The holiday of Shabuot is one of the three "Regalim," and, as such, the Misva of "Ve’samahta Be’hagecha" (rejoicing on the holidays) applies. In fact, the Gemara in Masechet Pesahim (68b) comments that with regard to the holiday of Shabuot, all opinions agree that the observance must include an element of "Lachem" – physical enjoyment – because this is the day when the Torah was given. The Gemara relates that Rav Yosef would prepare an "Igla Tilta," an especially scrumptious meat delicacy, in honor of Shabuot, because, in his words, "If not for this day, there are many Yosef’s in the marketplace." Meaning, it is only because of the giving of the Torah on Shabuot that we are able to achieve spirituality, and this day therefore warrants festive celebration.
The Rambam writes in Hilchot Yom Tob (6:18) that the Misva of Simha (rejoicing) on Yom Tob requires partaking of meat and wine. In this context, "meat" refers specifically to red meat, and thus one must make a point of eating red meat on Shabuot. The primary Misva of Simha applies during the day, so one should have wine and meat – at least a Ke’zayit – during the daytime meal on Shabuot. It is proper to drink wine at night, as well, though on the first night on Shabuot one should minimize his wine consumption so he would be able to remain awake throughout the night. The daytime meat meal should preferably be eaten before Hatzot (midday), which this time of year is approximately 1pm.
Of course, as we know, there is a time-honored custom to eat dairy products on Shabuot, and "Minhag Yisrael Torah" – established customs are to be regarded like Torah law. However, this custom should not prevent one from fulfilling the Misva of eating meat. Therefore, some people have a dairy meal at night and a meat meal for lunch the next day. It should be noted that having a dairy meal on the first night of Shabuot might be a good idea in any event as the men who remain awake throughout the night might want to drink coffee with milk, so it would be advisable not to eat a meat meal that night. One can also fulfill the custom by eating something dairy, like cheesecake, in the morning after the prayer service, before lunch. Hacham Ben Sion Abba Shaul (Israel, 1923-1998) said that one can fulfill the custom with any dairy food, even an ice cream pop.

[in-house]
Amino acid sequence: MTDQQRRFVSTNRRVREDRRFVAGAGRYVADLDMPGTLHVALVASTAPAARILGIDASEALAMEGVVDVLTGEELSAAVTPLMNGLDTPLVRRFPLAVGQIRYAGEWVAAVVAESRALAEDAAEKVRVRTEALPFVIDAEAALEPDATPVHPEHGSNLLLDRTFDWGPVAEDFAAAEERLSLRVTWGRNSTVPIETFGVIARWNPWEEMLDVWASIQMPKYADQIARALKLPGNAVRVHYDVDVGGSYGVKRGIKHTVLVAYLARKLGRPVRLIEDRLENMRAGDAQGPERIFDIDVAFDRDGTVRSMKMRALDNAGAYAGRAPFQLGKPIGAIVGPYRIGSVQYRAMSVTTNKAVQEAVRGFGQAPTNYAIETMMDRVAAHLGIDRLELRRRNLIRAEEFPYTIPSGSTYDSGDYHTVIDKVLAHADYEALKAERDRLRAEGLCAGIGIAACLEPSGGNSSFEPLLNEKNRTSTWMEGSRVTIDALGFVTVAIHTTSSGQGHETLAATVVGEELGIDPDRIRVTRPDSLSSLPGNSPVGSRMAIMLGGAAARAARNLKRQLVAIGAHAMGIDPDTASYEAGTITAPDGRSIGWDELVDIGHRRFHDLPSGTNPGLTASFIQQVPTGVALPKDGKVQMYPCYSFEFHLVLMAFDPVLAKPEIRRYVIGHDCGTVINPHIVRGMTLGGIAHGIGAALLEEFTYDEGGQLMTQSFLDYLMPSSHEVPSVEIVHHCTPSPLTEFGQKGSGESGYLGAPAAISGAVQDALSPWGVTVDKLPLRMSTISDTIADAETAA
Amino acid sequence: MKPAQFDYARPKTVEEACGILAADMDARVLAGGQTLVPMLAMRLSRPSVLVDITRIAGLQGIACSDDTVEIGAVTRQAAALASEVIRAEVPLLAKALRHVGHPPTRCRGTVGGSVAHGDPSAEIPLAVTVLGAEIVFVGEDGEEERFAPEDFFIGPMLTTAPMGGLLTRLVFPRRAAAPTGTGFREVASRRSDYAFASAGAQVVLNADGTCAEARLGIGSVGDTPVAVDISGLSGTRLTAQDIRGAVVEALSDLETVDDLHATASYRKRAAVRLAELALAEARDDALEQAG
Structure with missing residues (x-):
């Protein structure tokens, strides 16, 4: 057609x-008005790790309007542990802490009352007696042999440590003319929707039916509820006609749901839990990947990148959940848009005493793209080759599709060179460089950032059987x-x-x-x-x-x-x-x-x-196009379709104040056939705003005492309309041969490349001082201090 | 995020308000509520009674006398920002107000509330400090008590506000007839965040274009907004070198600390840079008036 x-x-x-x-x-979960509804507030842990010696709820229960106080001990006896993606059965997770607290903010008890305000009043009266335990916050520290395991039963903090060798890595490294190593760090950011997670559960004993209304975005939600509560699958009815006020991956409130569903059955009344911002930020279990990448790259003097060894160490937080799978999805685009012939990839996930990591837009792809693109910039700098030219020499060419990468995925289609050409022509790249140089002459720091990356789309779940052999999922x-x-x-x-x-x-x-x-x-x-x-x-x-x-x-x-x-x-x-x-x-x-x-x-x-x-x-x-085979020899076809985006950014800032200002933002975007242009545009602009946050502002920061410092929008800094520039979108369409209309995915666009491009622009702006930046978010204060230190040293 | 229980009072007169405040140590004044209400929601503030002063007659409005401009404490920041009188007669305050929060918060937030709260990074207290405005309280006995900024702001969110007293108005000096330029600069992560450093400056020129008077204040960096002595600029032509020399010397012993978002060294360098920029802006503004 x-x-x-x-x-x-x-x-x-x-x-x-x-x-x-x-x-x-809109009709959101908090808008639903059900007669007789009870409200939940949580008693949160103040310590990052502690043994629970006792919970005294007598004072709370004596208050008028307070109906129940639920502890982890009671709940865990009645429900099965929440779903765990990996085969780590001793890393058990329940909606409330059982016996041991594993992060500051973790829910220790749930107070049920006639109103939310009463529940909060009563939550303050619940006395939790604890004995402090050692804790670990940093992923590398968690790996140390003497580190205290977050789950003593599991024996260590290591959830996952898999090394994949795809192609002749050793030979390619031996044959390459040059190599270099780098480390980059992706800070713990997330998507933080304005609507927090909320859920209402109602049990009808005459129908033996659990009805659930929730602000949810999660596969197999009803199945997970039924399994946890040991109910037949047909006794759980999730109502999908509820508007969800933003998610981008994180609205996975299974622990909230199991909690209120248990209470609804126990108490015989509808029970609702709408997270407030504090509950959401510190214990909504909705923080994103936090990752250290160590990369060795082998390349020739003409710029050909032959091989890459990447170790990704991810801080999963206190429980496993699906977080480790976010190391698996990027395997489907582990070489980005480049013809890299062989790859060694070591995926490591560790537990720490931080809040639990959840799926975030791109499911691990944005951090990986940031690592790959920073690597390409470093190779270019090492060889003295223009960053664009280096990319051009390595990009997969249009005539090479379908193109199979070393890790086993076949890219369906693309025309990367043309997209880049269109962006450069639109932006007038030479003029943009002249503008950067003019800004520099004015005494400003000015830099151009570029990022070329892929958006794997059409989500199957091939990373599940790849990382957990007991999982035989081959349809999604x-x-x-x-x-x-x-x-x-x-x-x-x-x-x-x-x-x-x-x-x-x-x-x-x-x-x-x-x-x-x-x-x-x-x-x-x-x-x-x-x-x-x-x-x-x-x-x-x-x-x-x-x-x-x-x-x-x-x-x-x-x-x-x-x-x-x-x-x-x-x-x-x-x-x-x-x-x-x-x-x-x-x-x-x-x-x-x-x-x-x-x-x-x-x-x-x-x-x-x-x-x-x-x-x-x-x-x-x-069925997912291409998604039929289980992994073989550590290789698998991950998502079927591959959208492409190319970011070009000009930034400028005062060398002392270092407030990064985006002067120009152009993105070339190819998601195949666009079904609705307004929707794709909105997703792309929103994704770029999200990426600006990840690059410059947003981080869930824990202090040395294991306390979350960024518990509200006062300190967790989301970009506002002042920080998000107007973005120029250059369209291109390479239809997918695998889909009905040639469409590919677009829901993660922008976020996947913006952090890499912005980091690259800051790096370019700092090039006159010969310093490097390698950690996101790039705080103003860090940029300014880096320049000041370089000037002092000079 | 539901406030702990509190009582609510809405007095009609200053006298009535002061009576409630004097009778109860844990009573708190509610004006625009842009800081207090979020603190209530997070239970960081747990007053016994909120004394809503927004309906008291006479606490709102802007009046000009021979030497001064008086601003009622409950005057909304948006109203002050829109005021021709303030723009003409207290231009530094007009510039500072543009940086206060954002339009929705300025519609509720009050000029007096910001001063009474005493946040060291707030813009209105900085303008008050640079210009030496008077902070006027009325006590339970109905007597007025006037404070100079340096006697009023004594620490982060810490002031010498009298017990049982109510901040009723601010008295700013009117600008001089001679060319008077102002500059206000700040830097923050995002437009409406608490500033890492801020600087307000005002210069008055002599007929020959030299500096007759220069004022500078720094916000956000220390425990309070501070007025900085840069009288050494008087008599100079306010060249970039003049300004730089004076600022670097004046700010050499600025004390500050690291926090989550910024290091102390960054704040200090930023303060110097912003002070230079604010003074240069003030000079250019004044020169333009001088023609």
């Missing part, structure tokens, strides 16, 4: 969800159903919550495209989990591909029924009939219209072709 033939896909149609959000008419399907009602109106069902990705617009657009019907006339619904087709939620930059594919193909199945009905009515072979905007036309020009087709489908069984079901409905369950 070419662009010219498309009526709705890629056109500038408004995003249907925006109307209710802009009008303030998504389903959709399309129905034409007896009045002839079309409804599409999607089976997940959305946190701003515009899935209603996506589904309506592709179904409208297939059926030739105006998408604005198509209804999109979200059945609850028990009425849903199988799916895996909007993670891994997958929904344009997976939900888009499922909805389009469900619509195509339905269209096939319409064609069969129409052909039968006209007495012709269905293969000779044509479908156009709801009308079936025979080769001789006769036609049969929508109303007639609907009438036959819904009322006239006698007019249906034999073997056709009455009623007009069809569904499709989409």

If one eats a dairy meal with bread in the morning, and then has a meat meal later, he must ensure not to use the same loaf of bread for both meals. If a loaf of bread was used at a dairy meal, there is a reasonable chance that it came in contact with dairy foods, in which case it may not be eaten with meat. One must therefore ensure to use a separate loaf for the meat meal. It should also be mentioned that when one buys Hallot in the supermarket, care should be taken to ensure they are wrapped in bags so that they do not come in direct contact with any dairy food. Sometimes, even packaged dairy foods such as yoghurt could have residue on the packaging, and if a Halla touches the packaging it might become dairy. One should therefore ensure that the Hallot are properly wrapped before they are placed in the cart.
In conclusion, Hacham Ben Sion Abba Shaul suggested a novel insight to explain the importance of eating meat on Shabuot. One of the reasons given for the custom to eat dairy foods on Shabuot (as cited by the Mishna Berura) is that Beneh Yisrael were unable to eat meat immediately after receiving the Torah. Once they received the Torah, they needed to learn all the rules for slaughtering animals and to prepare proper knives, and so on. They therefore had no choice but to eat dairy products, as they needed to eat before they were ready to prepare meat in accordance with Torah law. Hacham Ben Sion suggested that since that year Beneh Yisrael were unable to properly observe the Misva of Simhat Yom Tob, as they could not eat meat, we make a Tikkun (rectification) by ensuring to eat meat on Shabuot. Just as we remain awake throughout the night as a Tikkun for Beneh Yisrael’s having slept until the morning of Matan Torah, when they should have been awake eagerly anticipating their receiving the Torah, we similarly make a Tikkun for their not having eaten meat on Shabuot that year.
Summary: Although there is a custom to eat dairy foods on Shabuot, there is also a strict Halachic obligation to eat meat and drink wine on Shabuot, at least during the day. Therefore, one should fulfill the custom either by eating a dairy meal at night or by eating some dairy product in the morning, before lunch. One must ensure not to use the same loaf of bread at both a dairy meal and a meat meal.